Assumption 4.3

  1. (1)

    The functions \(a_{\alpha \beta }:[0,T]\times \Omega \times {{\mathbb {R}}}^d\rightarrow {{\mathbb {C}}}^{N\times N}\) are strongly progressively measurable.

     
  2. (2)
    There exist \(\mu \in (0,1)\) and \(K>0\) such that
    $$\begin{aligned} \text {Re}\,\Big (\sum _{|\alpha |=|\beta | = m} \xi ^{\alpha } \xi ^{\beta } (a_{\alpha \beta }(t,\omega ,x)\theta , \theta )_{{{\mathbb {C}}}^N}\Big ) \ge \mu |\xi |^{2m} |\theta |^2, \end{aligned}$$
    and \(|a_{\alpha \beta }(t,\omega ,x)|_{{{\mathbb {C}}}^{N\times N}}\le K\) for all \(\xi \in {{\mathbb {R}}}^d, \theta \in {{\mathbb {C}}}^N, x\in {{\mathbb {R}}}^d, t\in [0,T]\) and \(\omega \in \Omega \).
     
  3. (3)
    Let \(\gamma \in (0,1)\). Assume there exists an \(R\in (0,\infty )\) such that for all \(|\alpha |, |\beta |=m\), \(r\in (0,R]\), \(x\in {{\mathbb {R}}}^d\), \(t\in [0,T]\) and \(\omega \in \Omega \),
    $$\begin{aligned} \text {osc}_{r,x}(a_{\alpha \beta }(t,\omega ,\cdot ))\le \gamma . \end{aligned}$$
     

Note that in \((t,\omega )\) only measurability is assumed.

For the \(\Omega \)-independent setting, a slightly less restrictive condition appears in [33, Theorem 5.2]. We choose the above formulation assumption in order to make the assumptions easier to state. However, it is possible to extend the results of this section to their setting.

Concerning f and \(g_n\) we make the following assumptions:

Assumption 4.4

  1. (1)
    The function \(f:[0,T]\times \Omega \times H^{2m,q}({{\mathbb {R}}}^d;{{\mathbb {C}}}^N)\rightarrow L^q({{\mathbb {R}}}^d;{{\mathbb {C}}}^N)\) is strongly progressively measurable, \(f(\cdot , \cdot ,0)\in L^p(\Omega ;L^p(I,w_{\alpha };H^{2m,q}({{\mathbb {R}}}^d;{{\mathbb {C}}}^N)))\), and there exist \(L_{f}\) and \({{\widetilde{L}}}_{f}\) such that for all \(t\in [0,T]\), \(\omega \in \Omega \), and \(u,v\in H^{2m,q}({{\mathbb {R}}}^d;{{\mathbb {C}}}^N)\),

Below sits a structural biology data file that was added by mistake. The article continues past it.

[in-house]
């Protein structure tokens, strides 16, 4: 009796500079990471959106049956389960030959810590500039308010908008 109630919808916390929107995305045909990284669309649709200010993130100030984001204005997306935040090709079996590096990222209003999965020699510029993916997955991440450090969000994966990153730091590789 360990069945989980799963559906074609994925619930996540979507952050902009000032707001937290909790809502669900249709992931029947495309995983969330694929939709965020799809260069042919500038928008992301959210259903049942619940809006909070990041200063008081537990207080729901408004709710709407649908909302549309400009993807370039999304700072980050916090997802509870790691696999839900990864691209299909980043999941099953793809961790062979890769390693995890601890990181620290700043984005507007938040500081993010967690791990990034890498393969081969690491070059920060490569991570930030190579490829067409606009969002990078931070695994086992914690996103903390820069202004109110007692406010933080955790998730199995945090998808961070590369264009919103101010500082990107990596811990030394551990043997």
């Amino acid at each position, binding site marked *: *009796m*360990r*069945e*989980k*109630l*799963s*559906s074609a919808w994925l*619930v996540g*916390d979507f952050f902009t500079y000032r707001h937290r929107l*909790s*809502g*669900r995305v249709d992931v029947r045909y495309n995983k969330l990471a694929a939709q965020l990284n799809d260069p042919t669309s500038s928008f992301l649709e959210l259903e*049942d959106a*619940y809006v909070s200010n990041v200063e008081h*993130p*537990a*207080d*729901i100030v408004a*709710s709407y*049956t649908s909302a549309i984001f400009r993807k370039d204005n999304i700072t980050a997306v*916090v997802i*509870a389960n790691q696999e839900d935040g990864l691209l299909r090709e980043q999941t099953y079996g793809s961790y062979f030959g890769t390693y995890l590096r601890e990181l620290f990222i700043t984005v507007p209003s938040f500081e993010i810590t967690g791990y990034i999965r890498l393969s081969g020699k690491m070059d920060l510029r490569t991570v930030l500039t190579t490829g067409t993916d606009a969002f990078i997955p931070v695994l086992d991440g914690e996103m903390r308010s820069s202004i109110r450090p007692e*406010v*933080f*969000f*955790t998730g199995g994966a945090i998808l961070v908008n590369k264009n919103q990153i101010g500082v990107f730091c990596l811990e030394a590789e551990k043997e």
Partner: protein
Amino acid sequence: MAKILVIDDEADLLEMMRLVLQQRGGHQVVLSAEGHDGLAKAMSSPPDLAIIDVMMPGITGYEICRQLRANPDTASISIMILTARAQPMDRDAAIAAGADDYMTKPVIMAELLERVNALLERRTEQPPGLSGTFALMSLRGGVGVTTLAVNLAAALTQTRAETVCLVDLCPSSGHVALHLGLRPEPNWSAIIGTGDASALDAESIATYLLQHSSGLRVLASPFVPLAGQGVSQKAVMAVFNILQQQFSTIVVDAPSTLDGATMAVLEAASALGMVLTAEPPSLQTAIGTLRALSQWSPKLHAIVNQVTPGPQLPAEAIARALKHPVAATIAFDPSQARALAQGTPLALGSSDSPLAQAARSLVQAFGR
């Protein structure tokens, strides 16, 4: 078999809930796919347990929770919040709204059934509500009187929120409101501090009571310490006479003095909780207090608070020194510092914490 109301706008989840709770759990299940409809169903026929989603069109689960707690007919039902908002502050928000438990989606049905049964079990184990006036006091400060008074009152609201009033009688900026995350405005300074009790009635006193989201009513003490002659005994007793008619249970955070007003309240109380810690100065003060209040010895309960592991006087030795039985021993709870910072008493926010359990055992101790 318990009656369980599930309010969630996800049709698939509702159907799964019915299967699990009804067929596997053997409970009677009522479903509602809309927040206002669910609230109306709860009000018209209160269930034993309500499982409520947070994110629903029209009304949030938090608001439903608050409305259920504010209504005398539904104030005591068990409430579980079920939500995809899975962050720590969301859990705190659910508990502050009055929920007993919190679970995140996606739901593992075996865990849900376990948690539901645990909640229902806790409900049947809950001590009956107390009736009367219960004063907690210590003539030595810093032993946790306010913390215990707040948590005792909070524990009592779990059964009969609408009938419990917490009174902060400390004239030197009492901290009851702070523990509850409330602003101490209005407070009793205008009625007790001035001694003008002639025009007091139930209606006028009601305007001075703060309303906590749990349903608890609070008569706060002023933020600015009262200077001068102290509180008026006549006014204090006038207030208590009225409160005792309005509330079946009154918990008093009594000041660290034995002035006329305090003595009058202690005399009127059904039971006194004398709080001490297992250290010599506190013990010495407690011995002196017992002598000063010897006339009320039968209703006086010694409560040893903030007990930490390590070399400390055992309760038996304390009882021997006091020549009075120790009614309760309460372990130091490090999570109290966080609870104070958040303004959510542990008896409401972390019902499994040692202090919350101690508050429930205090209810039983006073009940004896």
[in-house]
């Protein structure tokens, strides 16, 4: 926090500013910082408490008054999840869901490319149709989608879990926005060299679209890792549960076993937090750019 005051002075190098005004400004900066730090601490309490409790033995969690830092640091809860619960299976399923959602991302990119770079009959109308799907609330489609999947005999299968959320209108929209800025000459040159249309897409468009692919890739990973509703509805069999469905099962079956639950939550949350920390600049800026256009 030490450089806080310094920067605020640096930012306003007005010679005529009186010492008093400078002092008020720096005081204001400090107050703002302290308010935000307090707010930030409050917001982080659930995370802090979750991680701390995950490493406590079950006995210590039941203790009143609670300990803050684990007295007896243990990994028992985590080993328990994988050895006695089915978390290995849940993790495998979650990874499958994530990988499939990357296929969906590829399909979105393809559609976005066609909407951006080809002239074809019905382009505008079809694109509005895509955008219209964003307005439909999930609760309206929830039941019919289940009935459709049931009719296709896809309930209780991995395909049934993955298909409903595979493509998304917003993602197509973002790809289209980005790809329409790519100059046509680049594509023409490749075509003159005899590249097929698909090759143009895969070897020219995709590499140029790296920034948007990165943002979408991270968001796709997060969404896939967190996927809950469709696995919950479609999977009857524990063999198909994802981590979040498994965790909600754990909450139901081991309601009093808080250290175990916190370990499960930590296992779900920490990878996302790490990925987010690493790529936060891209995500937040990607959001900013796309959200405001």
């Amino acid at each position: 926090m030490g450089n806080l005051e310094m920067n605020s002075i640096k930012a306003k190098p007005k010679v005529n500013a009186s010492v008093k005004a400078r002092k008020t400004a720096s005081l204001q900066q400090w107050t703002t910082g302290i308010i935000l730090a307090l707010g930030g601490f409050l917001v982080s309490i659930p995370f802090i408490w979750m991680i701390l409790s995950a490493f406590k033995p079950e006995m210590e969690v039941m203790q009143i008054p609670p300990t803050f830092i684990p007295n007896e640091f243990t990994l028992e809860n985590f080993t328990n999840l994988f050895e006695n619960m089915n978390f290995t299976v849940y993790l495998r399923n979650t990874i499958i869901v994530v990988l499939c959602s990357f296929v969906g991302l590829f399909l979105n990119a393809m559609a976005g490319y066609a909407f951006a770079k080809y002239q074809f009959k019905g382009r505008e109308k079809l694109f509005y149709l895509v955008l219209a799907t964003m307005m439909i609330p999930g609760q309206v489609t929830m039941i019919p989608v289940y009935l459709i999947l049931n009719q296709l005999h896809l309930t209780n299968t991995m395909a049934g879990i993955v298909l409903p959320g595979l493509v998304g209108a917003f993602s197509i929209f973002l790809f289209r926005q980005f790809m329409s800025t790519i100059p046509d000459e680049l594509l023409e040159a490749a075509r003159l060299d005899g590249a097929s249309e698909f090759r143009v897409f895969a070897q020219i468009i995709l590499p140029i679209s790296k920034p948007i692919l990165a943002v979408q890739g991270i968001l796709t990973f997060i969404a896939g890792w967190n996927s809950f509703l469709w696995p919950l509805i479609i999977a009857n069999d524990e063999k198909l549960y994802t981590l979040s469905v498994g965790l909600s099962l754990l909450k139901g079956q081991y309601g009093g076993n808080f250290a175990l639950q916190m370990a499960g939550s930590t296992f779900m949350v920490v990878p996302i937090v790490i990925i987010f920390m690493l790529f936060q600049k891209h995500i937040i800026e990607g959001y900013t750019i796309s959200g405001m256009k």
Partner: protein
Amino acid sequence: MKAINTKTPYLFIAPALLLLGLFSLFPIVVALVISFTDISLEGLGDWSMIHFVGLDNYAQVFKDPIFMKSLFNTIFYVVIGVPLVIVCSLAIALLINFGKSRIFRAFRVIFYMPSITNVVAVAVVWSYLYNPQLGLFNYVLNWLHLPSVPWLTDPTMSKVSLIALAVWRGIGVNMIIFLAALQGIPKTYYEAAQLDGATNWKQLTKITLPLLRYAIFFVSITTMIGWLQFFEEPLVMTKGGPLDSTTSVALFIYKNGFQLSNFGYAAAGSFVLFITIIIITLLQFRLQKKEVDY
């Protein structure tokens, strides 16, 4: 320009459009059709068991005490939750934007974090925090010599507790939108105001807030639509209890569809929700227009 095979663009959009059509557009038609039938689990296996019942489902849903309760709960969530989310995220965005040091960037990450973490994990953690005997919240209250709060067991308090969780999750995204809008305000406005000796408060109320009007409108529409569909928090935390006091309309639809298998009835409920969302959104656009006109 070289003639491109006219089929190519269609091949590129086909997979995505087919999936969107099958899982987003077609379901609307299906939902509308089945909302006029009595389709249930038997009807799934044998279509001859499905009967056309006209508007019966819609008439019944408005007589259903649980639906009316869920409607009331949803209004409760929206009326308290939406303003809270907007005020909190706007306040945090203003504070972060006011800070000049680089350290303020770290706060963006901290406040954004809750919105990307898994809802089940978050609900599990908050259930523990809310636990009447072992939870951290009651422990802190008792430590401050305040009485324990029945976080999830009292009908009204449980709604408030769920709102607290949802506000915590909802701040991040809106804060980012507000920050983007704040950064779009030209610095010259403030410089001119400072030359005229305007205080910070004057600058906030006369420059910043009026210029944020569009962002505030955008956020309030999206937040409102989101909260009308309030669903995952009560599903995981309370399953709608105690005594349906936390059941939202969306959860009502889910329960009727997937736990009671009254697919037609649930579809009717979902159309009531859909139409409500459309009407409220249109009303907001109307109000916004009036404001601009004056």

$$\begin{aligned} \Vert f(t,\omega , u) - f(t,\omega ,v)\Vert _{L^q({{\mathbb {R}}}^d,{{\mathbb {C}}}^N)}&\le L_{f} \Vert D^{2m} u-D^{2m} v\Vert _{L^q({{\mathbb {R}}}^d;{{\mathbb {C}}}^N)}\\&\quad +{{\widetilde{L}}}_{f} \Vert u-v\Vert _{H^{2m-1,q}({{\mathbb {R}}}^d;{{\mathbb {C}}}^N)}. \end{aligned}$$
     
  2. (2)
    The functions \(g_n:[0,T]\times \Omega \times H^{2m,q}({{\mathbb {R}}}^d;{{\mathbb {C}}}^N) \rightarrow H^{m,q}({{\mathbb {R}}}^d;{{\mathbb {C}}}^N)\) are strongly progressive measurable, \((g_n)_{n\ge 1} (\cdot , \cdot , 0)\in L^p(\Omega ;L^p(I,w_{\alpha };H^{m,q}({{\mathbb {R}}}^d;\ell ^2({{\mathbb {C}}}^N)))\) and there exist \(L_{g}\), \({{\widetilde{L}}}_{g}\) such that for all \(t\in [0,T]\), \(\omega \in \Omega \), and \(u,v\in H^{2m,q}({{\mathbb {R}}}^d;{{\mathbb {C}}}^N)\),
    $$\begin{aligned} \Vert (g_n(t,\omega , u) - g_n(t,\omega ,v))_{n\ge 1}\Vert _{H^{m,q}({{\mathbb {R}}}^d;\ell ^2({{\mathbb {C}}}^N))}&\le L_{g} \Vert D^{2m}u-D^{2m}v\Vert _{L^q({{\mathbb {R}}}^d;{{\mathbb {C}}}^N)}\\&\quad + {{\widetilde{L}}}_{g} \Vert u-v\Vert _{H^{2m-1,q}({{\mathbb {R}}}^d;{{\mathbb {C}}}^N)}. \end{aligned}$$